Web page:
The third linebacker will be a traditional linebacker at times, but it is likely to more often be a hybrid player (likely safety Brendon White) who also possesses the cover skills of a defensive back, so it might be more accurate to call the unit a 4-2-5. 

“If you came out and you said, ‘OK, we're going to play our base defense, you would say it probably is (with the third linebacker), but with the type of offenses that people give you now, you feel very, very comfortable now having that big fast athlete also,” Mattison said. 

4. The defensive backs may be broken into cover guys and deep safeties. 

At a recent practice, one group of defensive backs practiced press coverage techniques while another worked more on playing in the open field. 

The former group included Damon Arnette, Jeffrey Okudah, Shaun Wade, Amir Riep while Jordan Fuller, Josh Proctor, Marcus Hooker and Bryson Shaw were among the latter group. 

Playing one deep safety most of the time would put another potential run stopper closer to the line of scrimmage while limiting pass patterns available to the offense.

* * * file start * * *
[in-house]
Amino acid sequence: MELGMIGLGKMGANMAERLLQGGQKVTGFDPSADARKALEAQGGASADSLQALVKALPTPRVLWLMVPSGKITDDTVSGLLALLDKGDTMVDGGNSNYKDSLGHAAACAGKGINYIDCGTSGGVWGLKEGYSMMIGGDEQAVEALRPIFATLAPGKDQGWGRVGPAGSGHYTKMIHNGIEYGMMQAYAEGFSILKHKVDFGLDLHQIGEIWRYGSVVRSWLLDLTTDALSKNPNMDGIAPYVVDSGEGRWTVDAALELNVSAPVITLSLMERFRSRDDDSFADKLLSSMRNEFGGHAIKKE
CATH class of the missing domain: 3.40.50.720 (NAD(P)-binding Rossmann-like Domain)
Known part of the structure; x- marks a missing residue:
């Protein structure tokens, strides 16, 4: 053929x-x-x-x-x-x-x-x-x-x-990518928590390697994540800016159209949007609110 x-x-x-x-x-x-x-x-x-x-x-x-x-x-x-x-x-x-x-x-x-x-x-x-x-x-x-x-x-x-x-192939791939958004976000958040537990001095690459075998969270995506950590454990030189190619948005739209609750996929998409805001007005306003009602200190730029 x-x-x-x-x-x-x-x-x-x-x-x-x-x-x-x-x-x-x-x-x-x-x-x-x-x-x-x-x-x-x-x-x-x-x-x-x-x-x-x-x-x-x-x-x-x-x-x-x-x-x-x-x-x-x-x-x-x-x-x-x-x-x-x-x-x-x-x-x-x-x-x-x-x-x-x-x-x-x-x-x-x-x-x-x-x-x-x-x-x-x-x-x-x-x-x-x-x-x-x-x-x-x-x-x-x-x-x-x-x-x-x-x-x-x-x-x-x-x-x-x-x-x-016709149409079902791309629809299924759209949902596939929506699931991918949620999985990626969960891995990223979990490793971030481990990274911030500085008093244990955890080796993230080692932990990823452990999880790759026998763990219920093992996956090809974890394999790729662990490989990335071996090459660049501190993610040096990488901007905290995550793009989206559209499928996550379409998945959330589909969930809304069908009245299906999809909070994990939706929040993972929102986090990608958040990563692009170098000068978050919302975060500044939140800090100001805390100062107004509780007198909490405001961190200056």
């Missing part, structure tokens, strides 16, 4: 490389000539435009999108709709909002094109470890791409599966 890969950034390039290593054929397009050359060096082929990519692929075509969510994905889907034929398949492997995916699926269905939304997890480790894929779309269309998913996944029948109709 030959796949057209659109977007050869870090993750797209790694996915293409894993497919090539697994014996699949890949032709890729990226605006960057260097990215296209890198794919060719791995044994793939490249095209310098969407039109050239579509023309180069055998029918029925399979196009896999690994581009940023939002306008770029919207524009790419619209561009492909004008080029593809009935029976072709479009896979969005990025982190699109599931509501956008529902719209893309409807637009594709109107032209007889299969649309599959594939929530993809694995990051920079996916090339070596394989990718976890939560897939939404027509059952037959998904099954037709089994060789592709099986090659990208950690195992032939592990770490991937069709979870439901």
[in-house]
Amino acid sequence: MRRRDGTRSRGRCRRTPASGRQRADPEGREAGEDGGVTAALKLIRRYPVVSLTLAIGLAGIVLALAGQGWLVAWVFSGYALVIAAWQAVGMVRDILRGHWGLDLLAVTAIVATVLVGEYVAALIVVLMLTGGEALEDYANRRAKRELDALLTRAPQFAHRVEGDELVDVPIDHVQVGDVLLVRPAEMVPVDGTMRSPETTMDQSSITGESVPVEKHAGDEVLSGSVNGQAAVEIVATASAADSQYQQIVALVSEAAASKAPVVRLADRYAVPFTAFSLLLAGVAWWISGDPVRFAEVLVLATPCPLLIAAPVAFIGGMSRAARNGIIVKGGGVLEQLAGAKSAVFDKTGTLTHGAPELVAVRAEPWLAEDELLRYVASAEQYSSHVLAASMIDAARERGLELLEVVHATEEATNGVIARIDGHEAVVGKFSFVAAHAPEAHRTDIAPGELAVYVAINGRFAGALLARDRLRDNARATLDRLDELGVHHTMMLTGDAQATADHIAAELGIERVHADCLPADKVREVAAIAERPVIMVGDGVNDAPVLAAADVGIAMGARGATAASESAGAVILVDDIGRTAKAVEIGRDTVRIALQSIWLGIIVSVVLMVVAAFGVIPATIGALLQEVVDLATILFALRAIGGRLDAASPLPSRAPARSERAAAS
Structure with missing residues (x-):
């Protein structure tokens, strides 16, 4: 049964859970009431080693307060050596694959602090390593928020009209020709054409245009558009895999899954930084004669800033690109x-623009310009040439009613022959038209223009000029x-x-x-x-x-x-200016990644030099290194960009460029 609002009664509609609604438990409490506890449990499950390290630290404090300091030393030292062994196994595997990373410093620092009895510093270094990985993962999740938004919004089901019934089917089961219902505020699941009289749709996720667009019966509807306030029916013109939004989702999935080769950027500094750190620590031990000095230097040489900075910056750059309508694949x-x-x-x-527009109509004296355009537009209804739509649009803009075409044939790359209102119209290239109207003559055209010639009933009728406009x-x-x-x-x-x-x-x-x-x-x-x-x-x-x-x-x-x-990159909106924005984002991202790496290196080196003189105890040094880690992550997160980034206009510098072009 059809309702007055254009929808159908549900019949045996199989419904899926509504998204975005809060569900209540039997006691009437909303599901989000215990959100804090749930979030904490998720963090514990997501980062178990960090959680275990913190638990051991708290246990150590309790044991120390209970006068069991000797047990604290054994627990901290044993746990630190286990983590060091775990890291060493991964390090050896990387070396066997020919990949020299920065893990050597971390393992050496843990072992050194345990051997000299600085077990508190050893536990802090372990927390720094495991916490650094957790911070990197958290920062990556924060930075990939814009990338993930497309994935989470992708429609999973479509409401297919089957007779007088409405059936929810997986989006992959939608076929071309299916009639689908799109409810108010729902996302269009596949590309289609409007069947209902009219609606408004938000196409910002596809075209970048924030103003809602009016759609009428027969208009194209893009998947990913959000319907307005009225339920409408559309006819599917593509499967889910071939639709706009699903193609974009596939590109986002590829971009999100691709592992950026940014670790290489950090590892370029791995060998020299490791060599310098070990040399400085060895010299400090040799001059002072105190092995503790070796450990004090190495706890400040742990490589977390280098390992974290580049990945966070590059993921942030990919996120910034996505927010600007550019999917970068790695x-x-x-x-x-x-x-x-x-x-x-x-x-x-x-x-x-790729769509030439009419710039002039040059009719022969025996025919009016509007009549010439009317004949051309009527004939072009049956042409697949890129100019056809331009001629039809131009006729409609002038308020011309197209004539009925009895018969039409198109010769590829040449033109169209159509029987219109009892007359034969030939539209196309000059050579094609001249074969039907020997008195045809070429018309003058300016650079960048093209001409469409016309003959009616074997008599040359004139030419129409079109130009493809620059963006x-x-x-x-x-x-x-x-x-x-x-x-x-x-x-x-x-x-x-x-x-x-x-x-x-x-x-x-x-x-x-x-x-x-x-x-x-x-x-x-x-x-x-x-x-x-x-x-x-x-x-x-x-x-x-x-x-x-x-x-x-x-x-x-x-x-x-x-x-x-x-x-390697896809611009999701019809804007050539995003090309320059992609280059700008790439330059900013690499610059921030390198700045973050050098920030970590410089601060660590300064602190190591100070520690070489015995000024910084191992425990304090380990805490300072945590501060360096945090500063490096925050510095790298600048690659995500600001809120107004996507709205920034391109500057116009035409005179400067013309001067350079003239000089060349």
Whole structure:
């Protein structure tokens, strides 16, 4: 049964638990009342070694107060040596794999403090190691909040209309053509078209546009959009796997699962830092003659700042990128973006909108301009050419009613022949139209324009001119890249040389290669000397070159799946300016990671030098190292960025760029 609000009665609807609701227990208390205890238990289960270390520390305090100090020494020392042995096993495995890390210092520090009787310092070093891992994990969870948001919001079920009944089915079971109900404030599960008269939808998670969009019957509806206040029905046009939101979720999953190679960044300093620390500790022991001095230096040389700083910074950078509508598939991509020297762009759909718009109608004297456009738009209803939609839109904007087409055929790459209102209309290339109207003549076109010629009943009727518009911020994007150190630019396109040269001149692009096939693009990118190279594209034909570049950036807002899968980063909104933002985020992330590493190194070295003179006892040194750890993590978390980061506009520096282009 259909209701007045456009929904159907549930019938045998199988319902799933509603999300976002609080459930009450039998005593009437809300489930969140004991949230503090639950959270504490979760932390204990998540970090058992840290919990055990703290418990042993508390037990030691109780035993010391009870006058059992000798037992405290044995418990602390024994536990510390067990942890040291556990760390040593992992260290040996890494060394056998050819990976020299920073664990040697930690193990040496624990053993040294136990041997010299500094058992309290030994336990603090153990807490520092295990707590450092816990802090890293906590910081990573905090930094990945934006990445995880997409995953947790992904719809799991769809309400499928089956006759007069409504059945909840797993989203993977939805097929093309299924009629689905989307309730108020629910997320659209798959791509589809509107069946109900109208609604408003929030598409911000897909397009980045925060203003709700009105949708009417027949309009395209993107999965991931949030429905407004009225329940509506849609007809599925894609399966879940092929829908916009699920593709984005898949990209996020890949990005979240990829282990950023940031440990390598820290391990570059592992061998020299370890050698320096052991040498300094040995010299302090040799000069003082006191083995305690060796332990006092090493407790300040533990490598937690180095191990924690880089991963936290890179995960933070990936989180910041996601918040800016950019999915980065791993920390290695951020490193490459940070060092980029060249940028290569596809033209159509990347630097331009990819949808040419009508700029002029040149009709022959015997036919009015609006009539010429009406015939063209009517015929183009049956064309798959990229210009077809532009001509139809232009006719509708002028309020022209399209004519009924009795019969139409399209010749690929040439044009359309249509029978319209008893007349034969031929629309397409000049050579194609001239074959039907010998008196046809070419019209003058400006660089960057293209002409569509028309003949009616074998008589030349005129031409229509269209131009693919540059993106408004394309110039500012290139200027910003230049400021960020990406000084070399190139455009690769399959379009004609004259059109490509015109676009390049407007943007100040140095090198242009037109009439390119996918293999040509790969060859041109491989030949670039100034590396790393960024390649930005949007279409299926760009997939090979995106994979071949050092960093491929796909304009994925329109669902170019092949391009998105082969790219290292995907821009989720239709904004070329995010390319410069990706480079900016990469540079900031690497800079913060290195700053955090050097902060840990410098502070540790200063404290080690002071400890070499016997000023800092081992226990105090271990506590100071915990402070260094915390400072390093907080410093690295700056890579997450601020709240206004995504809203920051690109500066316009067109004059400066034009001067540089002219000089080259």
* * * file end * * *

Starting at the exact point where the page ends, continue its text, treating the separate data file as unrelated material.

The cornerbacks and safeties work separately on playing the ball.

5. The Buckeyes intend to be simpler and more aggressive up front. 

However the front seven lines up, there is more emphasis on controlling a gap than shooting it. Johnson confirmed that represents a big change from last season. 

“This year is a gap control defense to allow our guys to use their ability to get up field,” Johnson said. "We're still going to move and do those kinds of things, but right now we’re a gap control defense. Coach Mattison, Greg, really believes in controlling the run game so now we’ve got a good chance to gap everything up much faster at the line of scrimmage. So it’s a good scheme, it’s a good defense. Now the kids have just gotta go play it.” 

Ohio State defensive line coach says he could go three-deep at both tackle spots.

6. That should make life easier for the linebackers. 

The trio of Malik Harrison, Tuf Borland and Pete Werner had their ups and downs last season, making some plays along the way but also struggling to get off blocks and get players on the ground. 

They were also frequently sacrificed as blocking fodder in attempts to free the line to cause havoc, something that probably won’t happy as much this year. 

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“As far as scheme and all that kind of thing, all I can tell you is that we will work very, very hard and have worked very, very hard,” Mattison said. “If this is a correction (of something that was wrong last year), then it's a correction. I'm not going to go there. 

“Anywhere I've ever coached, defense is always: Keep the ball inside the front, be aggressive, play up to your talent. We are very, very talented. Sometimes when you have a very, very talented team, you, as a coach, say, ‘Go.’ You don't try to invent things. You don't try to make it too complicated. What you try to do is let your guys go play. I happen to think this defense has that.”